A few days before our longtime next-door neighbor moved out of his New York City loft in late March, he texted us and asked if we would look after his fish and some plants, since he could not move into his new place for a while. “Sure,” we texted back. “It’s not like we’re going anywhere.” Our history of looking after things is spotty, but he needed a hand, and I thought it might be time to skill up.
His home and ours have only ever been separated by a semipermeable membrane anyway. We share a common outdoor space. We have each other’s spare keys, use each other’s appliances, have permission to just go in and borrow anything when the other is away. When we had young kids in the home, we hosted big pancake breakfasts. As they got older, we would let each other know when we could smell them smoking pot. We had a standing invitation to his dinner parties.
So he brought over his fish and plants and borrowed our ladder. He was masked, because of the movers. We were not, because we were just lolling about; it was pure luck that we were even dressed. It was a quick handover. We didn’t touch. Two days later, we came down with COVID-19 symptoms. It was bad, especially for my spouse. Two weeks later, our neighbor texted to say he thought he had it too.
He has a baby, a wife and an elderly mother who was living nearby. When I read on her social-media page a week or so later that he was in the hospital with pneumonia, my stomach began to churn. We were not sure we were the ones who gave it to him–neither was he, for the record–but the possibility was horrifying. The self-recriminations were legion and grim: Why were we not more careful? How is it that we–who were fully aware of the dangers of the virus, the measures one was supposed to take to keep it in check and his family situation–still acted in a way that meant he could get infected? What if he died?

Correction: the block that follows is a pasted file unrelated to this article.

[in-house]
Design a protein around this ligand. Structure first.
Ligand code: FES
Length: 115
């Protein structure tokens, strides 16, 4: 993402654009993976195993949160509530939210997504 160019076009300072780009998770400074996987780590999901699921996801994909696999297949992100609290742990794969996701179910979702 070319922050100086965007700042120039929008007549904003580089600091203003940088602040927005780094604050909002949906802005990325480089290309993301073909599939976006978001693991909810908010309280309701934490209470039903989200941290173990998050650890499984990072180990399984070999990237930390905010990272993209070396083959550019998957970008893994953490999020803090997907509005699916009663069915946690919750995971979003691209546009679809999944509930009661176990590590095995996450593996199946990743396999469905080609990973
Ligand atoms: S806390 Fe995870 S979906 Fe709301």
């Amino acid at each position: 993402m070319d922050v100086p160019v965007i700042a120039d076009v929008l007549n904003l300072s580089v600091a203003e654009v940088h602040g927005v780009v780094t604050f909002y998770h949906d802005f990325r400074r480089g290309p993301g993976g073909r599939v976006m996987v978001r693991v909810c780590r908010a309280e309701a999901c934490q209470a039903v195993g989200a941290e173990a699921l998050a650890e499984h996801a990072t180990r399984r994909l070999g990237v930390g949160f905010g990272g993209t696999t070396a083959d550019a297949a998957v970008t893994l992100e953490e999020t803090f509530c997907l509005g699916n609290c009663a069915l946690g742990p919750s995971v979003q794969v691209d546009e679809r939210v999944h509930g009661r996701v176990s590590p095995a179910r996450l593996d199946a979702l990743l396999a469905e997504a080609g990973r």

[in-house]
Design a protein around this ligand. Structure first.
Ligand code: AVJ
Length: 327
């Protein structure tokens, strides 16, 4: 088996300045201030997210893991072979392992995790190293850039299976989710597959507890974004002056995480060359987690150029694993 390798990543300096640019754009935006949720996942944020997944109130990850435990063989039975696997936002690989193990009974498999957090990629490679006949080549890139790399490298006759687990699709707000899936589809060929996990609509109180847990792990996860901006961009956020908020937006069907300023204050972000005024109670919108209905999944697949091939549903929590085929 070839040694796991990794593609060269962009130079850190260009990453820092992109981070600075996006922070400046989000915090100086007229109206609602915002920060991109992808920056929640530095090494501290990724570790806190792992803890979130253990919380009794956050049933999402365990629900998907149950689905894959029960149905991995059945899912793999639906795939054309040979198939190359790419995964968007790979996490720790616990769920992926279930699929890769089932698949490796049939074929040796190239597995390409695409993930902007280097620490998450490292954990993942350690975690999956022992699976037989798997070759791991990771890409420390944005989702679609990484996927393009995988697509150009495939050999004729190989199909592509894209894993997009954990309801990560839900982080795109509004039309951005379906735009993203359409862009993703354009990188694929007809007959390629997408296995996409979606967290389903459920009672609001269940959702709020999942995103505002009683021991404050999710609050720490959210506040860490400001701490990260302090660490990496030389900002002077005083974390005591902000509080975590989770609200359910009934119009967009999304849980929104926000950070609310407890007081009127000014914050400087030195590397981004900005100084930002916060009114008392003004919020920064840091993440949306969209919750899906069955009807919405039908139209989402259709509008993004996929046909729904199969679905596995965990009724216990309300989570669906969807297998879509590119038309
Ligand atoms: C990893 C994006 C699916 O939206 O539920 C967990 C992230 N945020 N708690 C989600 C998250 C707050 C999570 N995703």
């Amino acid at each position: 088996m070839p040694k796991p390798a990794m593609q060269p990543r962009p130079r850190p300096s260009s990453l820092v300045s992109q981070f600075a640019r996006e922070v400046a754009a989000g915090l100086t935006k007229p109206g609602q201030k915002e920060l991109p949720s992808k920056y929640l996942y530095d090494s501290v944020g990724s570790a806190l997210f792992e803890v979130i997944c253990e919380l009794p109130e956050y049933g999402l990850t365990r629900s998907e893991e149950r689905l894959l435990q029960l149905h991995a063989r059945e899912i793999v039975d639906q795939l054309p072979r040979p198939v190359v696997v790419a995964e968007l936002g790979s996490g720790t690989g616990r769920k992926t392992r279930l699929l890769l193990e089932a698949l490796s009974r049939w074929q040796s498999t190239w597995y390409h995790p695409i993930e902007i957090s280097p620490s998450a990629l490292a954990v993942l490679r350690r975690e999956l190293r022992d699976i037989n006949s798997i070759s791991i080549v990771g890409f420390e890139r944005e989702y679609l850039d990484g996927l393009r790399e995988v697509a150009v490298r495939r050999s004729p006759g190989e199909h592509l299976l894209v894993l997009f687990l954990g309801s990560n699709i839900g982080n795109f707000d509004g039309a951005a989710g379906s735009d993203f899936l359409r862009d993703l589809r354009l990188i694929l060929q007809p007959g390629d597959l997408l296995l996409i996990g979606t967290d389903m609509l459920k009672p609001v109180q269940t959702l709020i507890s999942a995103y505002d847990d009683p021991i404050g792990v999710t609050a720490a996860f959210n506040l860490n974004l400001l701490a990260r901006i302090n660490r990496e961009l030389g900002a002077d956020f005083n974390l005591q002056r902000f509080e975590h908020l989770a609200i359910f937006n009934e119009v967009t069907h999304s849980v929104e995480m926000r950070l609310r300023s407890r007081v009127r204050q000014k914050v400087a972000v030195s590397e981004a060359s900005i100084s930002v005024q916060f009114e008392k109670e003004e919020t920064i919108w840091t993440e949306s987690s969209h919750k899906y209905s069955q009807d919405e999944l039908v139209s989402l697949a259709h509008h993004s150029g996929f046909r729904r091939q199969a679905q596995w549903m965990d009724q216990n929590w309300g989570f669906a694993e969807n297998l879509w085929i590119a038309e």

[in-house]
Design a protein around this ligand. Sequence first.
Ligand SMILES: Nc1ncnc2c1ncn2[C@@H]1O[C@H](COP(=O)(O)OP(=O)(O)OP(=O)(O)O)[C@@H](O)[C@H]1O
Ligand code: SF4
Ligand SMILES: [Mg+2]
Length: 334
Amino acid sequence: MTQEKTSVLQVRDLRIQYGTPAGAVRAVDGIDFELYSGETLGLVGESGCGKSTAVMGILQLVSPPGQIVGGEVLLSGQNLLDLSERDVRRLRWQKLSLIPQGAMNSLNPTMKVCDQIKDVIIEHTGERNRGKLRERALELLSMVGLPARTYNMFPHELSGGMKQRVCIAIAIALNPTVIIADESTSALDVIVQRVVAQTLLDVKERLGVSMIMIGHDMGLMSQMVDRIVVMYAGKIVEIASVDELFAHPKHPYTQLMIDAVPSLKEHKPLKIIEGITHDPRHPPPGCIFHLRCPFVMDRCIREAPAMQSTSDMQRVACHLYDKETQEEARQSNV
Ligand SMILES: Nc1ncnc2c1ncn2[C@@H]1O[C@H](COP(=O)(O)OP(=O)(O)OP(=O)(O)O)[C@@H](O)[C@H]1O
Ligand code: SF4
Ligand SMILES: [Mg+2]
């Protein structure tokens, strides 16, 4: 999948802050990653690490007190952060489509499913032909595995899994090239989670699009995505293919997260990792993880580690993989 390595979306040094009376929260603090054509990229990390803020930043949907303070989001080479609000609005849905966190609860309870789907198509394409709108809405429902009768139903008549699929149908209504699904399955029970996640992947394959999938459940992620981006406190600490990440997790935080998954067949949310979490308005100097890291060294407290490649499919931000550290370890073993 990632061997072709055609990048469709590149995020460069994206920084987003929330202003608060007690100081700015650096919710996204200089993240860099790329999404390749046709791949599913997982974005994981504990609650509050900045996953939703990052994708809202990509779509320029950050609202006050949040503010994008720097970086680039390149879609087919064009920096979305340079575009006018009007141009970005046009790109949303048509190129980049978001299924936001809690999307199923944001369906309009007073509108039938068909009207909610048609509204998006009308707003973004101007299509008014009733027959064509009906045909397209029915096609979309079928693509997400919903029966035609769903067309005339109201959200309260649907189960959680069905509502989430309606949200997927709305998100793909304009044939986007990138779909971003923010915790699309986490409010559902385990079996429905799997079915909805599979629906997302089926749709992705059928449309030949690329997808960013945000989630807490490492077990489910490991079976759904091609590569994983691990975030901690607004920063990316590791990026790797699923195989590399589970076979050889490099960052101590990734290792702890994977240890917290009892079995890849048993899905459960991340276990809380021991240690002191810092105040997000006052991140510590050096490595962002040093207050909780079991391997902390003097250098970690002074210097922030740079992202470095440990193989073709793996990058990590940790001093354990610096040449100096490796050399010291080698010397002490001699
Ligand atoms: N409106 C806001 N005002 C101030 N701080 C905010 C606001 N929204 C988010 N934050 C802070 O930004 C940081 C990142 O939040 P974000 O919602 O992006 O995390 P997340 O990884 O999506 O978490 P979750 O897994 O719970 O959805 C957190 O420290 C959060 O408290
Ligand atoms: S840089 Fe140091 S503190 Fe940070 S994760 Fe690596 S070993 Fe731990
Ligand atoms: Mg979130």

Having had the virus, I knew that people who check in too often can be a burden, but I occasionally texted his wife, warily monitored his mother’s updates for any change in tone and sent him tips on things we did that helped. While he was in the hospital, I texted photos of the flourishing plants on his side of the deck to cheer him up. My husband did some moving-house-type favors. I changed the aquarium water, a lot. We were determined to prove we were responsible human beings. Even so, a couple of times a day, I’d have a sudden spike of anxiety and guilt as I remembered his situation.
It’s very hard to imagine being contagious when you don’t feel sick, especially in familiar situations, like when you’re in your own home or with good friends. This is this virus’s most deadly aspect; it is spreading before its carriers even know they have it. It’s the termite of diseases; by the time you put your foot through the floorboard, it’s too late.
That is difficult to get used to. Mistakes will be made. We should have put on masks. We should have wiped down our ladder. We should have declined the fish. Discarded aquariums and plants are a run-of-the-mill moving story; the demise of a prominent sociologist because of his neighbors’ carelessness is a tragedy. Acts that normally feel like the right thing to do–a favor for a friend, the celebration of a birthday or a wedding– can turn out to be very wrong.
So as I watch people emerging from their isolation and gravitating toward one another at parties and beaches, I want to hire a plane to fly with a banner saying, If you like those people, stand back a bit. Nobody is going out of their way to infect others, but the damned thing about this virus is that people have to go out of their way not to infect others. As communal beings we are drawn to each other, and as communal beings, we need to avoid each other for that very same other’s sake.
But I also want to fly a banner over the homes of those who are staying in and judging those who slip up. This one would say, Humans: still only human. Part of looking out for each other is understanding that well-intentioned people make mistakes and those mistakes are not more idiotic, often, than yours. This much we know about the virus: it’s serious, contagious and, in more than 132,000 cases so far in America, fatal. That’s dangerous enough without its tearing communities apart too. My neighbor survived; the fish didn’t. (Too many water changes.) We’re still friends.
This appears in the July 20, 2020 issue of TIME.